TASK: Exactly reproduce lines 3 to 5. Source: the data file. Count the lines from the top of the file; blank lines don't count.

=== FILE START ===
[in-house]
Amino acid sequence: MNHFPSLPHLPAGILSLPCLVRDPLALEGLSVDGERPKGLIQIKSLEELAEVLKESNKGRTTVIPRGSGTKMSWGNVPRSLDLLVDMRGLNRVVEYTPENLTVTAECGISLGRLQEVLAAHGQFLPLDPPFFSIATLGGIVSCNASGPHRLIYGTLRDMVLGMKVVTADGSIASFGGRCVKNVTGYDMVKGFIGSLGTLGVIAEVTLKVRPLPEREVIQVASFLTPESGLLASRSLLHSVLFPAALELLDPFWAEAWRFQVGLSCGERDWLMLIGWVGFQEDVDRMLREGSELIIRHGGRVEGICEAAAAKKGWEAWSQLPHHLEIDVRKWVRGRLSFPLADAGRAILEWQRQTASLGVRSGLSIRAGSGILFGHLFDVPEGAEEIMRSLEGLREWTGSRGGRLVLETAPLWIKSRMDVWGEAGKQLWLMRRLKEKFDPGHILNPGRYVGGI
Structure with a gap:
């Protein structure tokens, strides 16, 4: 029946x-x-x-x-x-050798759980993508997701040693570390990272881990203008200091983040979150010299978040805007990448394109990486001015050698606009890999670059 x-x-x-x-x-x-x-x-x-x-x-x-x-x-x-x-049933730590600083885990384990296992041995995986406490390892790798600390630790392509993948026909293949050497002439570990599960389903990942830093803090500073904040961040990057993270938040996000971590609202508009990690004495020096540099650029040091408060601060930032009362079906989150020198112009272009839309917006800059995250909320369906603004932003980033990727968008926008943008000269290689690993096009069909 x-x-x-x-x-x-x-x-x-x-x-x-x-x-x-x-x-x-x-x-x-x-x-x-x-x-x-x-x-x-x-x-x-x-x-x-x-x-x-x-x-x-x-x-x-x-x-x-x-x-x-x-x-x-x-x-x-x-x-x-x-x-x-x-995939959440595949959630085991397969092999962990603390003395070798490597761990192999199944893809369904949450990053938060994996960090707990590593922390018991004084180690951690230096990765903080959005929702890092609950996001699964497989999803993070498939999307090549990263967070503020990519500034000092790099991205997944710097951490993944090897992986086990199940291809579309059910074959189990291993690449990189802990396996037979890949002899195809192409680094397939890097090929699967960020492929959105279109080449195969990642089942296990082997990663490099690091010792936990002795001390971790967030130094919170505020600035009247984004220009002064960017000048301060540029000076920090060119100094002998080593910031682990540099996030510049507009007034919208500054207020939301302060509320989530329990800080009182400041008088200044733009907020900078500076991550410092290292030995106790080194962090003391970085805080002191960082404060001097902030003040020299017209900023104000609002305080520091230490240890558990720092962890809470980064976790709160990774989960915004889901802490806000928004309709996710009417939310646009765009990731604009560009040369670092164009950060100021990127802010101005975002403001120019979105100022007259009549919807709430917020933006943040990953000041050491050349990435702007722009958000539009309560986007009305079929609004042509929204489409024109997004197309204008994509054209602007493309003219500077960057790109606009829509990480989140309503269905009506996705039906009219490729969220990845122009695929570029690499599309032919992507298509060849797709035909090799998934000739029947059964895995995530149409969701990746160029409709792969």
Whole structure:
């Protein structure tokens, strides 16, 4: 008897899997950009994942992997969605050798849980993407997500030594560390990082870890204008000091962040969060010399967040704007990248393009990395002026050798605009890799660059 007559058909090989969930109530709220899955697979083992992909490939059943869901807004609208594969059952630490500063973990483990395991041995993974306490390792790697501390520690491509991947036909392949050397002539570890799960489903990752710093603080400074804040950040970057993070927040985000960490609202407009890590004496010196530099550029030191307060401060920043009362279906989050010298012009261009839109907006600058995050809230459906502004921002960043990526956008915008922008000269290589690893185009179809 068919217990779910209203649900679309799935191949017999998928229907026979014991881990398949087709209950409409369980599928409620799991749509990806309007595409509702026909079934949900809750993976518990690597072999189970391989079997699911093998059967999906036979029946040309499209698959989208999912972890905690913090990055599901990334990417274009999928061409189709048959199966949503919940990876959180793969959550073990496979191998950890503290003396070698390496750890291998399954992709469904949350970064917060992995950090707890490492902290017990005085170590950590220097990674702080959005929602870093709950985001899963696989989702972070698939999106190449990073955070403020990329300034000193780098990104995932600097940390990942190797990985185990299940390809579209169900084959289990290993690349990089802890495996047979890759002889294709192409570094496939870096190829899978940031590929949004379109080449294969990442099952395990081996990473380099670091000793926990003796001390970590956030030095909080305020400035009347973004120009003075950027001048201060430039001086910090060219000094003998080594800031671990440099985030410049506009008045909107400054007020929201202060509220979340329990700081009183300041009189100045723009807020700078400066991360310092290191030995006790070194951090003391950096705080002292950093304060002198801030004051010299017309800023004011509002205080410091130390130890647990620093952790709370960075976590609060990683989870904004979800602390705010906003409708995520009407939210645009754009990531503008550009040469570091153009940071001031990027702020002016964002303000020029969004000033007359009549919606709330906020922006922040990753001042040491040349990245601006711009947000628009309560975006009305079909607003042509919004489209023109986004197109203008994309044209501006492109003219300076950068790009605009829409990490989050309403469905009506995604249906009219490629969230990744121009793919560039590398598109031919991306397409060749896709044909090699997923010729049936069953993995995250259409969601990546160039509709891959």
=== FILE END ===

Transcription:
Structure with a gap:
């Protein structure tokens, strides 16, 4: 029946x-x-x-x-x-050798759980993508997701040693570390990272881990203008200091983040979150010299978040805007990448394109990486001015050698606009890999670059 x-x-x-x-x-x-x-x-x-x-x-x-x-x-x-x-049933730590600083885990384990296992041995995986406490390892790798600390630790392509993948026909293949050497002439570990599960389903990942830093803090500073904040961040990057993270938040996000971590609202508009990690004495020096540099650029040091408060601060930032009362079906989150020198112009272009839309917006800059995250909320369906603004932003980033990727968008926008943008000269290689690993096009069909 x-x-x-x-x-x-x-x-x-x-x-x-x-x-x-x-x-x-x-x-x-x-x-x-x-x-x-x-x-x-x-x-x-x-x-x-x-x-x-x-x-x-x-x-x-x-x-x-x-x-x-x-x-x-x-x-x-x-x-x-x-x-x-x-995939959440595949959630085991397969092999962990603390003395070798490597761990192999199944893809369904949450990053938060994996960090707990590593922390018991004084180690951690230096990765903080959005929702890092609950996001699964497989999803993070498939999307090549990263967070503020990519500034000092790099991205997944710097951490993944090897992986086990199940291809579309059910074959189990291993690449990189802990396996037979890949002899195809192409680094397939890097090929699967960020492929959105279109080449195969990642089942296990082997990663490099690091010792936990002795001390971790967030130094919170505020600035009247984004220009002064960017000048301060540029000076920090060119100094002998080593910031682990540099996030510049507009007034919208500054207020939301302060509320989530329990800080009182400041008088200044733009907020900078500076991550410092290292030995106790080194962090003391970085805080002191960082404060001097902030003040020299017209900023104000609002305080520091230490240890558990720092962890809470980064976790709160990774989960915004889901802490806000928004309709996710009417939310646009765009990731604009560009040369670092164009950060100021990127802010101005975002403001120019979105100022007259009549919807709430917020933006943040990953000041050491050349990435702007722009958000539009309560986007009305079929609004042509929204489409024109997004197309204008994509054209602007493309003219500077960057790109606009829509990480989140309503269905009506996705039906009219490729969220990845122009695929570029690499599309032919992507298509060849797709035909090799998934000739029947059964895995995530149409969701990746160029409709792969």
Whole structure: